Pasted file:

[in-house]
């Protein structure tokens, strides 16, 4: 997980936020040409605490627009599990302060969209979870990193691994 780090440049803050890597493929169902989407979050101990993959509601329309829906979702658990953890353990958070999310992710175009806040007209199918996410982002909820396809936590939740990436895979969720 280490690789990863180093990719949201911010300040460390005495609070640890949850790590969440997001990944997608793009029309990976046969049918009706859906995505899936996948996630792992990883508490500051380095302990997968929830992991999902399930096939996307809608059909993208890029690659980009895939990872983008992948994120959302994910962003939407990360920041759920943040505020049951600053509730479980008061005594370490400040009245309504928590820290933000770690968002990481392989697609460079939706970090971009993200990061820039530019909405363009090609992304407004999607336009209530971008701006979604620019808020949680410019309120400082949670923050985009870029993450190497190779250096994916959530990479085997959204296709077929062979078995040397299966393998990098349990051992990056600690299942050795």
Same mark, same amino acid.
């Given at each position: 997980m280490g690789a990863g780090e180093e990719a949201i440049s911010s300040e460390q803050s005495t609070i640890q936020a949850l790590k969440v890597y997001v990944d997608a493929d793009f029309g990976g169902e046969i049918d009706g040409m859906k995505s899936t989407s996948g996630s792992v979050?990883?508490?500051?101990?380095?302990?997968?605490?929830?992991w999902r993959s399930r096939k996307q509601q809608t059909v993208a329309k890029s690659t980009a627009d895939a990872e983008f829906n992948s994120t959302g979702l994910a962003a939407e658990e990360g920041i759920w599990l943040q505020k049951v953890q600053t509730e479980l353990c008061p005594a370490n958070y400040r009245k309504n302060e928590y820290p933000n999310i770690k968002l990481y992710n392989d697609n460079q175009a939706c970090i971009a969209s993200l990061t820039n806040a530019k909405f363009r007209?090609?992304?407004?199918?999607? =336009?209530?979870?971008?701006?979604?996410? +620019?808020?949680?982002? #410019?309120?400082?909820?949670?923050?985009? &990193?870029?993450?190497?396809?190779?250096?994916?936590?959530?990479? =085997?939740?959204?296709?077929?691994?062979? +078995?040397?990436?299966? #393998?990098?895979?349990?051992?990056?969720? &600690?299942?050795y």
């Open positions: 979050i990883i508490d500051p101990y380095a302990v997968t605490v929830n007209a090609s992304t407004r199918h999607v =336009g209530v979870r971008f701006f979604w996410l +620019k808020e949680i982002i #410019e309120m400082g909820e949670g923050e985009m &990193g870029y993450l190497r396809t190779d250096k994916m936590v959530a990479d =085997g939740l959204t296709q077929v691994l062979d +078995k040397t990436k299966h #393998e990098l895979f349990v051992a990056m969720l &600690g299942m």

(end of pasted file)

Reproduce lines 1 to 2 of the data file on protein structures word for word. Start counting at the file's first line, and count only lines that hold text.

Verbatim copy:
[in-house]
């Protein structure tokens, strides 16, 4: 997980936020040409605490627009599990302060969209979870990193691994 780090440049803050890597493929169902989407979050101990993959509601329309829906979702658990953890353990958070999310992710175009806040007209199918996410982002909820396809936590939740990436895979969720 280490690789990863180093990719949201911010300040460390005495609070640890949850790590969440997001990944997608793009029309990976046969049918009706859906995505899936996948996630792992990883508490500051380095302990997968929830992991999902399930096939996307809608059909993208890029690659980009895939990872983008992948994120959302994910962003939407990360920041759920943040505020049951600053509730479980008061005594370490400040009245309504928590820290933000770690968002990481392989697609460079939706970090971009993200990061820039530019909405363009090609992304407004999607336009209530971008701006979604620019808020949680410019309120400082949670923050985009870029993450190497190779250096994916959530990479085997959204296709077929062979078995040397299966393998990098349990051992990056600690299942050795």